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Why It’s Good To Be a Socialite

The Great Gatsby has nothing on you. Neither does Paris Hilton for that matter. For all the reluctant extolling of East Egg virtue by Nick Carroway, the social aspect has met its match through the new social networking model.

Look at the culture today – MySpace and Facebook dominate the cyberspace landscape, challenged by a myriad of upstarts every day. As a great business principle suggests, you live and someone else learns how to copy you and live better. With the rush to meet the user generated content explosion, a limitless number of copycats join the ranks in order to cash in on the ubiquitous idea that social networking is where it’s at.

Frankly, they are right to follow. But only because many web consumers are willing to argue, “What have you done for me lately?”

Research has shown that the female user is more apt to gravitate towards a social networking site and refer its content to other friends and neighbors. Really, what this means is that not only have many businesses learned that social networking is a powerful user-generated medium, but they have also discovered that along with the social network comes the ideal early adopter. Along with social networking online comes the ideal influencer…someone who is not only able but more apt to talk to others about you.

That is to say, all joking aside about Paris, Fitzgerald or any person familiar with the inner workings of social groups, web users are flocking to that particular model. So, in a very real sense – it is good to be a socialite. And if you are good at it, others will share the news.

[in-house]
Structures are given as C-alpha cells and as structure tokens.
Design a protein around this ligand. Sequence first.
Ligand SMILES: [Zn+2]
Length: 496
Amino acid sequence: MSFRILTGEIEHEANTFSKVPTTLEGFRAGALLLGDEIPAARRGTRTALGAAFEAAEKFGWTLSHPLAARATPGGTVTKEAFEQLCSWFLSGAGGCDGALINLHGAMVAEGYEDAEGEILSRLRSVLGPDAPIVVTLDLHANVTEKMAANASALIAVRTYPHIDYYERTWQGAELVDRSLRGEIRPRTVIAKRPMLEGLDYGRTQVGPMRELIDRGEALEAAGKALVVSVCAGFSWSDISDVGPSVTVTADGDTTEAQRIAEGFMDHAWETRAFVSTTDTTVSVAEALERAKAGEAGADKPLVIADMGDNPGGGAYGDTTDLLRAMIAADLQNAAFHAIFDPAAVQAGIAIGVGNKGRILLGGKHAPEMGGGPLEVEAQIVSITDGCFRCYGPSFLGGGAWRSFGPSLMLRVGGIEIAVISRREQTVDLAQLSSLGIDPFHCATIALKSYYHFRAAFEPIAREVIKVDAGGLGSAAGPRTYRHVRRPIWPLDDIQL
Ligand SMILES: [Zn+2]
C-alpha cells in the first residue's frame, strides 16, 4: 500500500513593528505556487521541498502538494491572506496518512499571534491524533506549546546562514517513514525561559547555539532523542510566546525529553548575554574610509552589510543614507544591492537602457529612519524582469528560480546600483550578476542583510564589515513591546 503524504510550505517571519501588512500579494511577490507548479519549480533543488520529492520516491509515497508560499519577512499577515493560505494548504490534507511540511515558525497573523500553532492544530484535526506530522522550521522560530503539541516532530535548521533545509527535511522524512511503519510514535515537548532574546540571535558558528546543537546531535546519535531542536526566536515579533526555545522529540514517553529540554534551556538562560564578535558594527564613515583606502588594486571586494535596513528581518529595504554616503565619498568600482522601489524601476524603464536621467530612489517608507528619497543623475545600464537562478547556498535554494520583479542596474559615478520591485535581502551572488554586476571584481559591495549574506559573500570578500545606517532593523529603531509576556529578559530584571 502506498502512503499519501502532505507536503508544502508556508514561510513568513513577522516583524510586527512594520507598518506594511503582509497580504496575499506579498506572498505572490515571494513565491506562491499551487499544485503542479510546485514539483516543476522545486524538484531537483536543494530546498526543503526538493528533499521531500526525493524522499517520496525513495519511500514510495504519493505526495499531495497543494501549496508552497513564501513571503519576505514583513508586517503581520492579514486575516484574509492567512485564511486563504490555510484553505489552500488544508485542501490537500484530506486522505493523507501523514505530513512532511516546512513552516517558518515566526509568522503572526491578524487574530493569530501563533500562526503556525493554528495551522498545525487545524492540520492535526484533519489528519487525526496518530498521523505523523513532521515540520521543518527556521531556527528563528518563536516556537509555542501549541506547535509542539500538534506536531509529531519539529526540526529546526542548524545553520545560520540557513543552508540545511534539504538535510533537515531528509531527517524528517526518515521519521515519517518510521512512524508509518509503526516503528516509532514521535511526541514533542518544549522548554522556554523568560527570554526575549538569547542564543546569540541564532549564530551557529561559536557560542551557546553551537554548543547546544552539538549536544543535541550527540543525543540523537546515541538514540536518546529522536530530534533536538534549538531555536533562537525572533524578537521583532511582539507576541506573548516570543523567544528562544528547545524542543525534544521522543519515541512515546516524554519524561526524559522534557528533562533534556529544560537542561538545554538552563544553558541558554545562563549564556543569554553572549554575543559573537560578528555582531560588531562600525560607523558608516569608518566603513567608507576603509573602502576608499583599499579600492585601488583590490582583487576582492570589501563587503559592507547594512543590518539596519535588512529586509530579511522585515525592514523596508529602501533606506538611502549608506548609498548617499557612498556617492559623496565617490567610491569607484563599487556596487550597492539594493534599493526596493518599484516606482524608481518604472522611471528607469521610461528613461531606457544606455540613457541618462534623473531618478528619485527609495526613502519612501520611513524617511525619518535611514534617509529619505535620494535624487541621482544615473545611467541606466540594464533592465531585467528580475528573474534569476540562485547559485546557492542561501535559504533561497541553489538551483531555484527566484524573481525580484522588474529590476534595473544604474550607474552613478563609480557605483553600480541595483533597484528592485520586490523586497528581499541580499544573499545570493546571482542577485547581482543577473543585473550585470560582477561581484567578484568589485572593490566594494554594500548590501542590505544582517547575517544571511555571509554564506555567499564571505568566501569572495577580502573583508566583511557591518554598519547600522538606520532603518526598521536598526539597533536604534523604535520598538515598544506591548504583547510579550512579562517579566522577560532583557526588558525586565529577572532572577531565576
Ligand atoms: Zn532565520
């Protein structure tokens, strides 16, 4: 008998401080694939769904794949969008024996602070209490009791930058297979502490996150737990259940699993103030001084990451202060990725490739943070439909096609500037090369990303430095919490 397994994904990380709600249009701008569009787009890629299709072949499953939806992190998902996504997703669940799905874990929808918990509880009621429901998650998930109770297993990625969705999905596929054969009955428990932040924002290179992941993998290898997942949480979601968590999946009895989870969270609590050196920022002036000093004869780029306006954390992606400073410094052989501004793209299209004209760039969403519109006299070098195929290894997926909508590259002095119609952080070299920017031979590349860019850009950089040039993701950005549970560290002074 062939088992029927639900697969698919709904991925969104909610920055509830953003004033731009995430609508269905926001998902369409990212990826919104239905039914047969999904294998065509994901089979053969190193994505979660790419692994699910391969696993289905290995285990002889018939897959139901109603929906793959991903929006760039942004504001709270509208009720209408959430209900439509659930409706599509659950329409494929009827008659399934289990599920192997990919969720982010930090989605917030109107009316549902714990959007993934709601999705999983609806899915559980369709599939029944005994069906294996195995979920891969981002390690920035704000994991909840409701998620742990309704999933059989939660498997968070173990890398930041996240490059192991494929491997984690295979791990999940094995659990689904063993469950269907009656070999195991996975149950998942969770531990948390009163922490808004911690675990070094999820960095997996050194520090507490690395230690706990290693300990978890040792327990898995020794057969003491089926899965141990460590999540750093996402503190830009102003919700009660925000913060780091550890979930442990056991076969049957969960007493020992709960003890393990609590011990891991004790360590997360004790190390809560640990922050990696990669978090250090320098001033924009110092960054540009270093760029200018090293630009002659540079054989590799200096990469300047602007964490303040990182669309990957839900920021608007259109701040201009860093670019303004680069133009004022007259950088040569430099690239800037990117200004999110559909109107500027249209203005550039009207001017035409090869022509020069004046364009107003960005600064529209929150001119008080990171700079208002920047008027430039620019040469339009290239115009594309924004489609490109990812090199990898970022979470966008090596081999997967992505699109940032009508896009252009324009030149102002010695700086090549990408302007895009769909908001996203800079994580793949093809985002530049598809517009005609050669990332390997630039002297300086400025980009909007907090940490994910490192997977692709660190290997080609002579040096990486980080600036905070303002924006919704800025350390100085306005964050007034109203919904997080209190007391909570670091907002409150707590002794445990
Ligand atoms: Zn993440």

But the question remains, how does your particular business or website capitalize on this phenomenon? This is where things get tricky.

To develop the confluence of tactics and “big ideas” necessary to make your own social network shine is a mighty challenge. Not to be glib, but it’s vaguely similar in concept to realizing that you need to cure cancer. Understanding you need to do it is one thing. Curing the disease is another thing altogether.

Key principles in creating a good custom, social network application for your site remain:

• Post regular, fresh comments (which, not so incidentally, also help your search rank).

• Get your blog or comments read and posted for you on other sites, and then have them provide links back to you.

• Give the user an honest, easy way to share their insights, content and ideas in a trusted environment.

I leave you with a recent lesson learned: Facebook.com launched Beacon, their advertising model, a while back to dismal results. Conceptually, it made sense. You could let other friends and family know what you purchased and they, in turn, would support those products as well…

Unfortunately, Facebook seemed to underestimate the user’s adverse reaction to advertisers migrating into “their” space.

So, the lesson is this: While we know social networking is great for user engagement and time spent online with your site, you may fall flat on your face unless you try and try again…unless you commit to adjusting and testing your innovative social idea.

You could find the exact key you need to succeed in the social networking world – I encourage you to definitely try. But remember, just as easily you could find yourself wading in the pool, staring heavenward, wondering just what went wrong with your social world.

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